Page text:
|Author: ||R.L. Mann|
|Keywords: ||shade, daily light integral, photosynthetically active radiation, golf, stadia|
Growing turf in a stadium environment can be challenging.
As stadia increase in size, the sward surface is more likely to be shaded on at least part of the pitch area.
A reduction in the quantity of light reduces the growth potential of turfgrass leading to reduced quality in the resulting playing surface.
All grass species require a certain level of light intensity for optimal growth, with warm-season species having a higher phytosynthetically active radiation requirement compared with cool-season species.
Turfgrasses grown under light-limiting conditions exhibit various changes such as larger, thinner leaves, reduced carbohydrate levels and reduced wear tolerance.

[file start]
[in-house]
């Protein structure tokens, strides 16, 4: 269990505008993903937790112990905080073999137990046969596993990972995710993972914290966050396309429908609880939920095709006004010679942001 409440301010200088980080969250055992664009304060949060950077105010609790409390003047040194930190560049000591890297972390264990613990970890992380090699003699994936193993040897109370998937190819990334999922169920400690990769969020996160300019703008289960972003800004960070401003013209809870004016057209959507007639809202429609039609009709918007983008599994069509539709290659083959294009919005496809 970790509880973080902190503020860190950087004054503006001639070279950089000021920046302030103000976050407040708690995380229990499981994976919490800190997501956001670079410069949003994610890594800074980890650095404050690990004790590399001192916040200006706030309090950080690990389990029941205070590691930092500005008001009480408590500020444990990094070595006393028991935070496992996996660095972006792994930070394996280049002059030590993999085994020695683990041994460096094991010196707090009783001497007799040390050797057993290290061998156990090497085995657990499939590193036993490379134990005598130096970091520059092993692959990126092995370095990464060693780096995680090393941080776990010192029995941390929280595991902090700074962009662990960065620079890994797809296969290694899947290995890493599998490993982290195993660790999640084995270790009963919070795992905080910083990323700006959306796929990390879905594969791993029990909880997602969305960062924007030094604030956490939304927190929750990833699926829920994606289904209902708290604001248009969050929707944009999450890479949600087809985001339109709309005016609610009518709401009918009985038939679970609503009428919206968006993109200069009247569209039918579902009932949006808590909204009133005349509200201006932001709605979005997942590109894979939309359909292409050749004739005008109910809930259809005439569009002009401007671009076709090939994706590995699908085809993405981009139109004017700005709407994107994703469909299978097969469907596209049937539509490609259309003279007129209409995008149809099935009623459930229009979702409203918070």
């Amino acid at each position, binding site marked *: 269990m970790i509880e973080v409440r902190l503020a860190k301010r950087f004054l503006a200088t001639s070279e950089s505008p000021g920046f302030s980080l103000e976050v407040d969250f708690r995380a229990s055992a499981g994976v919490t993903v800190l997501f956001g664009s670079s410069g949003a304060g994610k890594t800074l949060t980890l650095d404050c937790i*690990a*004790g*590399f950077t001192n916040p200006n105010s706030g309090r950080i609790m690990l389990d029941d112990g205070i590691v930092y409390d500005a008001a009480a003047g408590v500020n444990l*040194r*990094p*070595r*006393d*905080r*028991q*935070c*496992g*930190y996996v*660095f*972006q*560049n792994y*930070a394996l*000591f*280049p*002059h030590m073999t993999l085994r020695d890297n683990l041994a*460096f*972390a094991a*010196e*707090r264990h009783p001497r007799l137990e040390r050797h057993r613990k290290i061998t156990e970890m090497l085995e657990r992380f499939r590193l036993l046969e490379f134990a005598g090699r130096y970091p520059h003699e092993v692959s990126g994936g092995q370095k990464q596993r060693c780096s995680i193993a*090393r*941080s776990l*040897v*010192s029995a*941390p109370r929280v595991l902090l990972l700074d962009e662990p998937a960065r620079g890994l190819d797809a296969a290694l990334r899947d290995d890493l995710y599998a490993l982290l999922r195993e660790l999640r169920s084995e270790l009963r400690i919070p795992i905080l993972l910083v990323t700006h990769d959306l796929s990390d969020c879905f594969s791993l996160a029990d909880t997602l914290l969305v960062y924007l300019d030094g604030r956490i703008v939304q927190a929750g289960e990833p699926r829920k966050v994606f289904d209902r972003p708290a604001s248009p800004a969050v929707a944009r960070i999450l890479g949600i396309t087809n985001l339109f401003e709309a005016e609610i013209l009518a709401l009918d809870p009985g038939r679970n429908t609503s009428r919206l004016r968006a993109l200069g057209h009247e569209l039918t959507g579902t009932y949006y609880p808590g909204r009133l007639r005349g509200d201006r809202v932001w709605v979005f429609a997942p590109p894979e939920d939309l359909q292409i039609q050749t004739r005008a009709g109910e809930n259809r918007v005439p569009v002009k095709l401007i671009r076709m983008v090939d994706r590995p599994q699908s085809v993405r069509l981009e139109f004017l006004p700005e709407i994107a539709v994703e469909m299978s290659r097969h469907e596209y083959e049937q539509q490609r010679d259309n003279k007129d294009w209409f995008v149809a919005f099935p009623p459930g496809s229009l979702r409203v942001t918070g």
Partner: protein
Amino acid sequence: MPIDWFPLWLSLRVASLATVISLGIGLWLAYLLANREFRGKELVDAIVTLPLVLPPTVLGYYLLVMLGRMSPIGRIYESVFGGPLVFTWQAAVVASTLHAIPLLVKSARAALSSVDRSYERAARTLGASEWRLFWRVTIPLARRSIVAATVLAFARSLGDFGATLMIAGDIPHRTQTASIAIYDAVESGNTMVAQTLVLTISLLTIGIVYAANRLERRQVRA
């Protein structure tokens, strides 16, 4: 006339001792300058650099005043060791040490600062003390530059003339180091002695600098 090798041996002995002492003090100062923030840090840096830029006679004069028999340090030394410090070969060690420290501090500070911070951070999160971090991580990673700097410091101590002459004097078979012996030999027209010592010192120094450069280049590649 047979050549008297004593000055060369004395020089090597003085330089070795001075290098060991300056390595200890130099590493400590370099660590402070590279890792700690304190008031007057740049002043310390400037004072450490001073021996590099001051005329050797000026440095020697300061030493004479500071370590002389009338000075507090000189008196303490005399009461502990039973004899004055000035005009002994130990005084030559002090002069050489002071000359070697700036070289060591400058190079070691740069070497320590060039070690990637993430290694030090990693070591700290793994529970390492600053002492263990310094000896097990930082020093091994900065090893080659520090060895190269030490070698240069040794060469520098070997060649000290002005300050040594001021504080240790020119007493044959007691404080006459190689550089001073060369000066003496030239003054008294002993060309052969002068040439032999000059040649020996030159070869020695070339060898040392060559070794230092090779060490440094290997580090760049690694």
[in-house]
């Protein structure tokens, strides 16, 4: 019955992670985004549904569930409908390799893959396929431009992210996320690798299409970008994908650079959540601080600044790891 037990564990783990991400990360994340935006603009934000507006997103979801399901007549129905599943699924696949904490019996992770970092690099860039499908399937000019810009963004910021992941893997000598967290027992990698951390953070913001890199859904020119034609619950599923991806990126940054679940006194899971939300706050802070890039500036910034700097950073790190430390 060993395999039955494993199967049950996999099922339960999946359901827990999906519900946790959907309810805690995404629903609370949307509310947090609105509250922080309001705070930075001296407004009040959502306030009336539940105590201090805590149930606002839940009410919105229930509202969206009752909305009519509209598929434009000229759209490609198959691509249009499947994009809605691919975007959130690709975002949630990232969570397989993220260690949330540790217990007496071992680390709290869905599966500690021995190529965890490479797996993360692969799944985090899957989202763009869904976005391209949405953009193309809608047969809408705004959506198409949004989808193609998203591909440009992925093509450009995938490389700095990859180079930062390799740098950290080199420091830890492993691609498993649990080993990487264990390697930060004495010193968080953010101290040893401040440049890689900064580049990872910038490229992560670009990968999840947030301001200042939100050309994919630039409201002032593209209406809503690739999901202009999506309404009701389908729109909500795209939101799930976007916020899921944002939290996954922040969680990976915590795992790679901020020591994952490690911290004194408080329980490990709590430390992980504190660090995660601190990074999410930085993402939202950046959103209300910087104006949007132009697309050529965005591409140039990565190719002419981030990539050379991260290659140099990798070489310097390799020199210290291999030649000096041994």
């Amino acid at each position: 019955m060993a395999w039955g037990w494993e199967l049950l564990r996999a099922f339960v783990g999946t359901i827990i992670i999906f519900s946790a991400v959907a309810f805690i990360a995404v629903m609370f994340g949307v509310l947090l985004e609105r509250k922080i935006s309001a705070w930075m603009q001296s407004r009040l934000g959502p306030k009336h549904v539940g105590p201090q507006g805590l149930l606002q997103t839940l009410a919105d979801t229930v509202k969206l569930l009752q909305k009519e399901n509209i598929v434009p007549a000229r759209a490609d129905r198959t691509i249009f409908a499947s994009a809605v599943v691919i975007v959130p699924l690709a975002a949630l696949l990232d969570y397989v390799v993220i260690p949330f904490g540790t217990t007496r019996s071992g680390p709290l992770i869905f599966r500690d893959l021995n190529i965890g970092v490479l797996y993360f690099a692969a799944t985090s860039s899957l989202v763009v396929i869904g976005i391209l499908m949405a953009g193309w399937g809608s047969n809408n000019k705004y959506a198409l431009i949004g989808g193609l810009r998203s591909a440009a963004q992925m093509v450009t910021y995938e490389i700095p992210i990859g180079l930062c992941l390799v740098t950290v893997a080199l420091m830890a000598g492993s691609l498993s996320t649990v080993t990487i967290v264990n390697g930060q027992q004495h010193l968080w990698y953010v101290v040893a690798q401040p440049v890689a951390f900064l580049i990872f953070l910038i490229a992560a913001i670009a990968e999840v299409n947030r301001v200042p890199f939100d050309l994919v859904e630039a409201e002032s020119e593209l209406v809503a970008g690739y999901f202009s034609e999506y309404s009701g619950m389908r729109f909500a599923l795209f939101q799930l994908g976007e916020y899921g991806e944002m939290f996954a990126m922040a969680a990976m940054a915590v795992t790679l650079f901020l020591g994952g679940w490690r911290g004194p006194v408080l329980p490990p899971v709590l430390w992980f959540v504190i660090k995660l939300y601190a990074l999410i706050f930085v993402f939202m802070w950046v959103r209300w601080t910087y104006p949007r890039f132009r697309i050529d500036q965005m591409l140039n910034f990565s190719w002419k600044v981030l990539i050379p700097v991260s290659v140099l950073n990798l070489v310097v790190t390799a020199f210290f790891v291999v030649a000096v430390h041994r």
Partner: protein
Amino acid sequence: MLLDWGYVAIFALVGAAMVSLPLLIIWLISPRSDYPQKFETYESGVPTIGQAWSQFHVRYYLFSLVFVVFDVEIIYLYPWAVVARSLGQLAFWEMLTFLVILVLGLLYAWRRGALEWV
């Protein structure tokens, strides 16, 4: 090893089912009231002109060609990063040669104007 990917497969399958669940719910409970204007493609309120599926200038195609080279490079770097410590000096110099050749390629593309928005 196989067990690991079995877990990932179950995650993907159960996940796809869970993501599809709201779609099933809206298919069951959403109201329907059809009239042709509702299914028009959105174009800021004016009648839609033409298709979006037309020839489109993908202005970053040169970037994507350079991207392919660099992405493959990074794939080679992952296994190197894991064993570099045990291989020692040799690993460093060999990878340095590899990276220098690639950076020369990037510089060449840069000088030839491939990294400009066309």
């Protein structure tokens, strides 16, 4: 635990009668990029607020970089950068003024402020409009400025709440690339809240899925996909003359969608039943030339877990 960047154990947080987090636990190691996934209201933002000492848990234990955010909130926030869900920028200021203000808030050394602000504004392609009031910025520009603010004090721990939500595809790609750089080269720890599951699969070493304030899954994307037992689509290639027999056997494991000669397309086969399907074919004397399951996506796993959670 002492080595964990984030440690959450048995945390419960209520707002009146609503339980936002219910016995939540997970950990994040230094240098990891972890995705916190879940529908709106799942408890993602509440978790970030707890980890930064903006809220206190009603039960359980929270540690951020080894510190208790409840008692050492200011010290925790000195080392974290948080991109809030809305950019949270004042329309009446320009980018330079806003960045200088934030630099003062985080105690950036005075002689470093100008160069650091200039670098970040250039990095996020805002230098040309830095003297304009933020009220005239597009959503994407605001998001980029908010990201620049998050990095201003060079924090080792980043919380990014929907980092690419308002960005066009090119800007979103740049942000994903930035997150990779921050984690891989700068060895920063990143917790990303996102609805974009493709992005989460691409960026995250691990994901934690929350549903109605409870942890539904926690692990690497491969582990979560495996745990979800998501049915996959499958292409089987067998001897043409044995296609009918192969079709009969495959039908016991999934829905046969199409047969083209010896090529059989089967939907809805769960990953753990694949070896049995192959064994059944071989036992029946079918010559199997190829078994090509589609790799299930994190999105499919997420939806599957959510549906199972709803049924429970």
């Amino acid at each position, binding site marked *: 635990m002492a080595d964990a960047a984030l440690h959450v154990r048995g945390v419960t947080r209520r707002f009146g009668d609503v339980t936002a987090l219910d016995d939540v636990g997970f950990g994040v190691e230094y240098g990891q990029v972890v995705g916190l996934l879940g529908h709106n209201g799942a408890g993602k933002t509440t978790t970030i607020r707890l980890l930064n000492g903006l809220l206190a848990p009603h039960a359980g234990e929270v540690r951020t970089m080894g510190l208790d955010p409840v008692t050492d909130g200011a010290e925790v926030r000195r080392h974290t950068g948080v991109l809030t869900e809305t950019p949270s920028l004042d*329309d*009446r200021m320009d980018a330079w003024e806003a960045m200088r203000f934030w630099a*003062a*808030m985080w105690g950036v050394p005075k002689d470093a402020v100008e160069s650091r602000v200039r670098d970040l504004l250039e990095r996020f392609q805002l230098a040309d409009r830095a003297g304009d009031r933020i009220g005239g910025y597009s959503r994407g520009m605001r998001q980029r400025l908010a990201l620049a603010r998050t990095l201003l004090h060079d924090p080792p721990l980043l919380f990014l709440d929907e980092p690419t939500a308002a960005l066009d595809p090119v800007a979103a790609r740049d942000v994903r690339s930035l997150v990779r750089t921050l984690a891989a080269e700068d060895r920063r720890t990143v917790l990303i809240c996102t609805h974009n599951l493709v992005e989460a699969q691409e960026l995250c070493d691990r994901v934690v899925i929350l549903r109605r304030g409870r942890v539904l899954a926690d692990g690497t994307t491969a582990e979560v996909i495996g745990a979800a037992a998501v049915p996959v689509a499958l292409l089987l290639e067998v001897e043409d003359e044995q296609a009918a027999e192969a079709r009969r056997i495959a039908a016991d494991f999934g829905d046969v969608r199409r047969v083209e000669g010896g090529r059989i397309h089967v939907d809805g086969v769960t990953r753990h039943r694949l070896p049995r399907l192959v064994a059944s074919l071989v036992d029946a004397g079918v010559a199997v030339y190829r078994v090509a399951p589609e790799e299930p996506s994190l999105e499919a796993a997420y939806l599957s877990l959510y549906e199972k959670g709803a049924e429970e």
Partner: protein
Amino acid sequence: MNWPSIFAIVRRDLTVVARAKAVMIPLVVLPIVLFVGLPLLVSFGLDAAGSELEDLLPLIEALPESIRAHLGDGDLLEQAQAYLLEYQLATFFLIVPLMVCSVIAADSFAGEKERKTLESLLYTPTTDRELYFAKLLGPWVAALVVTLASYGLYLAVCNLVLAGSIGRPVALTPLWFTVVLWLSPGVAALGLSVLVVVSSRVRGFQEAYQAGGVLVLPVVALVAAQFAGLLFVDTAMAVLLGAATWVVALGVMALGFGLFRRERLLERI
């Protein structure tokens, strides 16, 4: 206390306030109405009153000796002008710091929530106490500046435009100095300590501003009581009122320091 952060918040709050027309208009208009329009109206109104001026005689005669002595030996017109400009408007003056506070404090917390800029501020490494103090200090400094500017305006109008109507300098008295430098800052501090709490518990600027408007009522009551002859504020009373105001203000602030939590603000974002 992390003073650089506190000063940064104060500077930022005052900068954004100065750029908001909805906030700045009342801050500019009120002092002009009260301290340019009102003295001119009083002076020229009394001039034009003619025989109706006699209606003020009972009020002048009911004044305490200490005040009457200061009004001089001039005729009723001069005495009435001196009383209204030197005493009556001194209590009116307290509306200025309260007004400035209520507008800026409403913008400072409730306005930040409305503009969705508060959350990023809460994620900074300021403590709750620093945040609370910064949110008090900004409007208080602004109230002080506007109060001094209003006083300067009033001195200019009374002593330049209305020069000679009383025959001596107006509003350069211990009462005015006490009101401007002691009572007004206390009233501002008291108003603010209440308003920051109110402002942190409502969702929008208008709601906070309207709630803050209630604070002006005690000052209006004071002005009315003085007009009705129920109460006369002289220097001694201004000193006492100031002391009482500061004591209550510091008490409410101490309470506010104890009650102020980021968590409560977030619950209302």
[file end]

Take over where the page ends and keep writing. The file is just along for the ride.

Added to this, stadia environments also have reduced air movement and increased humidity.
As a result, playing surfaces in shaded parts of stadia often have poor sward density with increased levels of algae and are more susceptible to disease outbreaks.
Many management practices have been investigated to try to mitigate the problems associated with growing turfgrasses in sub-optimal irradiance.
These include sowing more shade-tolerant grass species or varieties, reducing nitrogen inputs, providing supplementary lighting and using plant growth regulators.
All of these management practices are reviewed and their effects on turf grown in these challenging environments evaluated.
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